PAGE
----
COMING SOON - Freescale P2020 Dual Core The CSB1725 is manufactured in our in-house state of the art, lead-free surface mount manufacturing line. All products carry a 1-year warranty and are offered in commercial and industrial temperature versions. Cogent also offers standard and custom carrier boards, plus royalty free licensing options for the CSB1725.


Cogent Computer Systems, Inc. 17 Industrial Drive, Smithfield RI 02917 tel: 401-349-3999, fax: 401-349-3998, web:


5/13/10 4:32:36 PM


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ACCES I/O Products.......................................................................................................... ADLINK Technology America, Inc....................................................................................... 52...............................................................................................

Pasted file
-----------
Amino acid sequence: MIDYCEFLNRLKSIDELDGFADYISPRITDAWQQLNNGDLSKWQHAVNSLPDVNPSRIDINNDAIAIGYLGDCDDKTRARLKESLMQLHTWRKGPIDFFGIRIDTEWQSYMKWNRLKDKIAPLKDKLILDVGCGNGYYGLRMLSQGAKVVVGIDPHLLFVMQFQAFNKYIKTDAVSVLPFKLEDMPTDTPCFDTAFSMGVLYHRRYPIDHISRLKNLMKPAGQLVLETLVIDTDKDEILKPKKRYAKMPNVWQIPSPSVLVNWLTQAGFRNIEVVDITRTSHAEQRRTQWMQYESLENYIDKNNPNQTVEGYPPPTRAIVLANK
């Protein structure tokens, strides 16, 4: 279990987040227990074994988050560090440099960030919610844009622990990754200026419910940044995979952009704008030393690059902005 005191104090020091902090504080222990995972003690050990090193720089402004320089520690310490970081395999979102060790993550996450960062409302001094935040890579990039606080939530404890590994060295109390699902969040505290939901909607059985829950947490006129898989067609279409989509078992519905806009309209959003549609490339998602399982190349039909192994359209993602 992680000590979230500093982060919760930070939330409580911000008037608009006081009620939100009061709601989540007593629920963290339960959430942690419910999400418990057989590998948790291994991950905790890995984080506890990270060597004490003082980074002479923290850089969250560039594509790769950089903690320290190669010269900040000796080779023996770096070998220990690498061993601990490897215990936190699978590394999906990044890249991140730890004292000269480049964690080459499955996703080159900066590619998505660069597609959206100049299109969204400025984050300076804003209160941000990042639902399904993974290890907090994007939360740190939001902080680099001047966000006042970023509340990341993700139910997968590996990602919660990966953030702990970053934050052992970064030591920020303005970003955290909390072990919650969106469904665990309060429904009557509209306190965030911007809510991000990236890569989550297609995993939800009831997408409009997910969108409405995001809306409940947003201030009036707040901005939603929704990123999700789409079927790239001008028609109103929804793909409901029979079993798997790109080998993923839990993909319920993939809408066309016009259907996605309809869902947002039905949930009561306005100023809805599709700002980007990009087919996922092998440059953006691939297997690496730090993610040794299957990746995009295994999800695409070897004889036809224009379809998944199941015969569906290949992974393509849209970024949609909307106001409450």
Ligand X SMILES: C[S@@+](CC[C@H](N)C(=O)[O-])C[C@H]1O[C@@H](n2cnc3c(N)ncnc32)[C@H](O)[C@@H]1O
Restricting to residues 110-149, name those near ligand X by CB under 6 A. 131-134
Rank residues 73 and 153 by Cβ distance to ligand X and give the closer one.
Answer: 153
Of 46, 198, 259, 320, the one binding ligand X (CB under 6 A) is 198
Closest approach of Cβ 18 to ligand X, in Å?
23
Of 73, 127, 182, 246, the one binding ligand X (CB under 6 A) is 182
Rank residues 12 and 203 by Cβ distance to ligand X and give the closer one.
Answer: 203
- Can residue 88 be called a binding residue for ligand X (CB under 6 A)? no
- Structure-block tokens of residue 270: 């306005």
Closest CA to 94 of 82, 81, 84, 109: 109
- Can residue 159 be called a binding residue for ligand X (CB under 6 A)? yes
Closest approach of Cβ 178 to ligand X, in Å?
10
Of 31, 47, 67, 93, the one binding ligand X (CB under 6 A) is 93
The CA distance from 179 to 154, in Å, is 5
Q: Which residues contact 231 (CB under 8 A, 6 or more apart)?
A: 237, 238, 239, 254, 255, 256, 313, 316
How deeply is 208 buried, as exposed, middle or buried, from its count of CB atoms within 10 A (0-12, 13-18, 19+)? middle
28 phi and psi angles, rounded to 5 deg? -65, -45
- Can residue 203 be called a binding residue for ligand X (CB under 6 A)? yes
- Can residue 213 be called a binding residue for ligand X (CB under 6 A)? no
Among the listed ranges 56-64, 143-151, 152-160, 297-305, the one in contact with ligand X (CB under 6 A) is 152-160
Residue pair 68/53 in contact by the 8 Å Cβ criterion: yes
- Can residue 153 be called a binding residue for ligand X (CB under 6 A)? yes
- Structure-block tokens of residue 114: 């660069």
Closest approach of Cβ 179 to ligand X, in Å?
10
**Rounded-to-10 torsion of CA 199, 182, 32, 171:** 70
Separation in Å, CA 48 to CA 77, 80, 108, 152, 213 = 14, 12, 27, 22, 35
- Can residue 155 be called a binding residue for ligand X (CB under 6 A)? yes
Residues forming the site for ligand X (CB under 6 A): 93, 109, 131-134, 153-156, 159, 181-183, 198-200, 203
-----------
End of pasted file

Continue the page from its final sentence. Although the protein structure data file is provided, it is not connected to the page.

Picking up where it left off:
End of Article AMD................................................................................................................................. 24................................................................................................ Products American Portwell Technology, Inc..................................................................................... 21............................................................................................................ AVAGO. 51........................................................................................ Get............................................................................................................................. Connected with companies and Get Connected products featured in this section. with companies mentioned in this article. Avalue Technology.............................................................................................................. Cogent.............................................................................................................................. 49.......................................................................................................... Delkin Devices.................................................................................................................... 4................................................................................................................ Get Connected with companies mentioned in this article. Get Connected with companies and products featured in this section. EDT.................................................................................................................................. 45................................................................................................................... ELMA Electronic Inc.......................................................................................................... GrammaTech...................................................................................................................... 2...................................................................................................... ISI Nallatech Inc................................................................................................................ One Stop Systems............................................................................................................. Phoenix International......................................................................................................... 47........................................................................................................... Real-Time & Embedded Computing Conference.................................................................. 41................................................................................................................ Red Rapids, Inc.................................................................................................................. TRI-M Systems................................................................................................................. USB Module & Data Acquisition Showcase......................................................................... 37........................................................................................................................................ VersaLogic Corporation..................................................................................................... 40......................................................................................................... Viking Modular Solutions Sanmina-SCI Corporation............................................................ WDL Systems.................................................................................................................... Win IC Designs..................................................................................................................